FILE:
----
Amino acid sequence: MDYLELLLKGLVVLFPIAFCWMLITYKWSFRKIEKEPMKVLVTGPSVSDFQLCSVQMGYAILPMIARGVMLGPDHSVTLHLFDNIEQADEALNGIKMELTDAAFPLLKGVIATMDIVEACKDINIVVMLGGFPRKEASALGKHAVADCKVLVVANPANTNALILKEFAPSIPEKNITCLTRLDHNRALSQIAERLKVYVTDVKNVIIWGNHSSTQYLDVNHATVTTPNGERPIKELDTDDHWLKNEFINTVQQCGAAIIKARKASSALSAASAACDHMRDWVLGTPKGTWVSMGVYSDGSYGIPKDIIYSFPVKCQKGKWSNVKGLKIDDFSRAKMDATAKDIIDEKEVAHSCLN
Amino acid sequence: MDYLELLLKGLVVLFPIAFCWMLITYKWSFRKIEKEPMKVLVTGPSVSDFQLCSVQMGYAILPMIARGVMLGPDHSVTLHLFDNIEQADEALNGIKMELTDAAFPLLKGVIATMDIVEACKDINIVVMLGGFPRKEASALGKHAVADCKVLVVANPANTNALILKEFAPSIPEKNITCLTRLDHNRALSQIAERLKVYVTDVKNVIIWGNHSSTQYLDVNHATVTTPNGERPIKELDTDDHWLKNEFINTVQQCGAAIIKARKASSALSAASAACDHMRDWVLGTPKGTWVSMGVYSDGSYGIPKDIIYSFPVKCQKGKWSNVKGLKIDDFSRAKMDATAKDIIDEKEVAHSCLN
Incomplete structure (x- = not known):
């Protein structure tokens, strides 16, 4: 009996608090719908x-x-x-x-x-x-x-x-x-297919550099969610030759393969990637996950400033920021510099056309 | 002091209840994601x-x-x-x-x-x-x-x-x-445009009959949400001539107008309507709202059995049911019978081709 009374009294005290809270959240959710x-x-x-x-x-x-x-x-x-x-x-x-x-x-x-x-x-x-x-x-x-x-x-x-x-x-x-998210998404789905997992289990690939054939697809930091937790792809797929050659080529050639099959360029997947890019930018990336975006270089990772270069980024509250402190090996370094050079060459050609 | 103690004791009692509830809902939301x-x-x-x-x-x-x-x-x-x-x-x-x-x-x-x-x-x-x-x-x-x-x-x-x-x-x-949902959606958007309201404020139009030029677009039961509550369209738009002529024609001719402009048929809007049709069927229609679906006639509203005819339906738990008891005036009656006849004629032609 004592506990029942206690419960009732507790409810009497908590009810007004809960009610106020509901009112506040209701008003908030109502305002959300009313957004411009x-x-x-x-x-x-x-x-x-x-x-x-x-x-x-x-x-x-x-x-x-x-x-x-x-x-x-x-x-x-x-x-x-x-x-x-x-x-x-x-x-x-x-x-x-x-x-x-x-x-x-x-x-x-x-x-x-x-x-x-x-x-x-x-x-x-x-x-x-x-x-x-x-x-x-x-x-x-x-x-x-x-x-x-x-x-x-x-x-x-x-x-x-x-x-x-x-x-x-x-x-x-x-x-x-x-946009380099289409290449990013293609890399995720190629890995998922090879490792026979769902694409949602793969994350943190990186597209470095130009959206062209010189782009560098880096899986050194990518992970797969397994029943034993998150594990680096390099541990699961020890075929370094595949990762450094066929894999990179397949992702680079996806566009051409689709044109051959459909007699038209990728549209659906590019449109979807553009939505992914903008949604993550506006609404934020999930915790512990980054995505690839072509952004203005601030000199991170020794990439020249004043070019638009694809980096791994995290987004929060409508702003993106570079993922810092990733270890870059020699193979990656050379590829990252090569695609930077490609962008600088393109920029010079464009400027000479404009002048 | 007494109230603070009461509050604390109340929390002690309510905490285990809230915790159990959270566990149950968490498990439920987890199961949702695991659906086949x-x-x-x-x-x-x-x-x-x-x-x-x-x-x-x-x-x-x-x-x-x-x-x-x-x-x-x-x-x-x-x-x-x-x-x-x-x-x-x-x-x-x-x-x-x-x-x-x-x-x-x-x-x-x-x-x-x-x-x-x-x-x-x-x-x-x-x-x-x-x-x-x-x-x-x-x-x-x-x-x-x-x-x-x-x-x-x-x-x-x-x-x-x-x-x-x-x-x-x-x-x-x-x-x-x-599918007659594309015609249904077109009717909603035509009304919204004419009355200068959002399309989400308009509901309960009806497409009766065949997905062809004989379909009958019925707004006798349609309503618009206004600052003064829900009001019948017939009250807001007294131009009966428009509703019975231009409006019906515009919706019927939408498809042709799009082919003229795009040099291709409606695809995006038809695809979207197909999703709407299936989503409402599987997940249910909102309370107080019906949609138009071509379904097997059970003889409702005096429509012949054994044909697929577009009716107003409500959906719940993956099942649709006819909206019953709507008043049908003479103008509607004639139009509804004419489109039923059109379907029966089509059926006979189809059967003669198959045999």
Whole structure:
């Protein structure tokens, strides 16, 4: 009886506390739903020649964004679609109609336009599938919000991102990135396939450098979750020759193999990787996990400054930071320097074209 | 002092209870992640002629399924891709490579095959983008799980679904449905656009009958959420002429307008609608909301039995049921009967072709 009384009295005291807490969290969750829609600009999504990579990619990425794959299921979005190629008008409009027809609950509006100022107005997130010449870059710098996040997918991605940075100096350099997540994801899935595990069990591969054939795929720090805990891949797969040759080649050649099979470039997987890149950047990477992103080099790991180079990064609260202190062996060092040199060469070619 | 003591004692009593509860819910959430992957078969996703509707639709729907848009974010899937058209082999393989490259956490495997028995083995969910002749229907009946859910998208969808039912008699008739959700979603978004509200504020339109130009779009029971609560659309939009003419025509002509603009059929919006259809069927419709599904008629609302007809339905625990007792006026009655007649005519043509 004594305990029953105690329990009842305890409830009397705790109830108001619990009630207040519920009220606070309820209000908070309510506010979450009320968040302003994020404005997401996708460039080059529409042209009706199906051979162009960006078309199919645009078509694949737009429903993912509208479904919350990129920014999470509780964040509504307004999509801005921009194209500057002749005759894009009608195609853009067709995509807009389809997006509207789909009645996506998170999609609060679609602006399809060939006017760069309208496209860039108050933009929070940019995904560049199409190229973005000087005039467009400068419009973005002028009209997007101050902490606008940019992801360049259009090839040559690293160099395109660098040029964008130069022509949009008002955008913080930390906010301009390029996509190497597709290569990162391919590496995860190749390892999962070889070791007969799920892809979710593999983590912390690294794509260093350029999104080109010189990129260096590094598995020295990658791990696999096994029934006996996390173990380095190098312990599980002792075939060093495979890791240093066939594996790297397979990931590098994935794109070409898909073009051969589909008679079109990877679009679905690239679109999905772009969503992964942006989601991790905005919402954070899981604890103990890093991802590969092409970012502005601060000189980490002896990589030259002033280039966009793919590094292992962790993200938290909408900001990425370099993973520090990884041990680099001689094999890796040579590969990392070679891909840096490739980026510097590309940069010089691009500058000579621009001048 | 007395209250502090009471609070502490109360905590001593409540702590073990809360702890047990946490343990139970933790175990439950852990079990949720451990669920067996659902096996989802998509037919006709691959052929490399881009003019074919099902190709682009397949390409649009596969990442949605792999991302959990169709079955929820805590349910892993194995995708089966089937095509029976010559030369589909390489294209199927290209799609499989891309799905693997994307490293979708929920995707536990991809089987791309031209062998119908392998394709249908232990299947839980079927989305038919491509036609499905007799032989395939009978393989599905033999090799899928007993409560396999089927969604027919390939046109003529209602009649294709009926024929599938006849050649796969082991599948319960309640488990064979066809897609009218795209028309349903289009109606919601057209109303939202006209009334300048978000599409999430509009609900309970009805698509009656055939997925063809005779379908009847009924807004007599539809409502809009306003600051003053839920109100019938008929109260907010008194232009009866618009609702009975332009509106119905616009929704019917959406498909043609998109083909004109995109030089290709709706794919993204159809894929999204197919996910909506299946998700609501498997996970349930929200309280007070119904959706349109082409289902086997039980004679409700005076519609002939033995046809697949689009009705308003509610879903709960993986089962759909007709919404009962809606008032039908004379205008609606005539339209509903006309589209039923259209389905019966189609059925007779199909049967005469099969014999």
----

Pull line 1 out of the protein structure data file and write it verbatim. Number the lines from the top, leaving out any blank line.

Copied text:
Amino acid sequence: MDYLELLLKGLVVLFPIAFCWMLITYKWSFRKIEKEPMKVLVTGPSVSDFQLCSVQMGYAILPMIARGVMLGPDHSVTLHLFDNIEQADEALNGIKMELTDAAFPLLKGVIATMDIVEACKDINIVVMLGGFPRKEASALGKHAVADCKVLVVANPANTNALILKEFAPSIPEKNITCLTRLDHNRALSQIAERLKVYVTDVKNVIIWGNHSSTQYLDVNHATVTTPNGERPIKELDTDDHWLKNEFINTVQQCGAAIIKARKASSALSAASAACDHMRDWVLGTPKGTWVSMGVYSDGSYGIPKDIIYSFPVKCQKGKWSNVKGLKIDDFSRAKMDATAKDIIDEKEVAHSCLN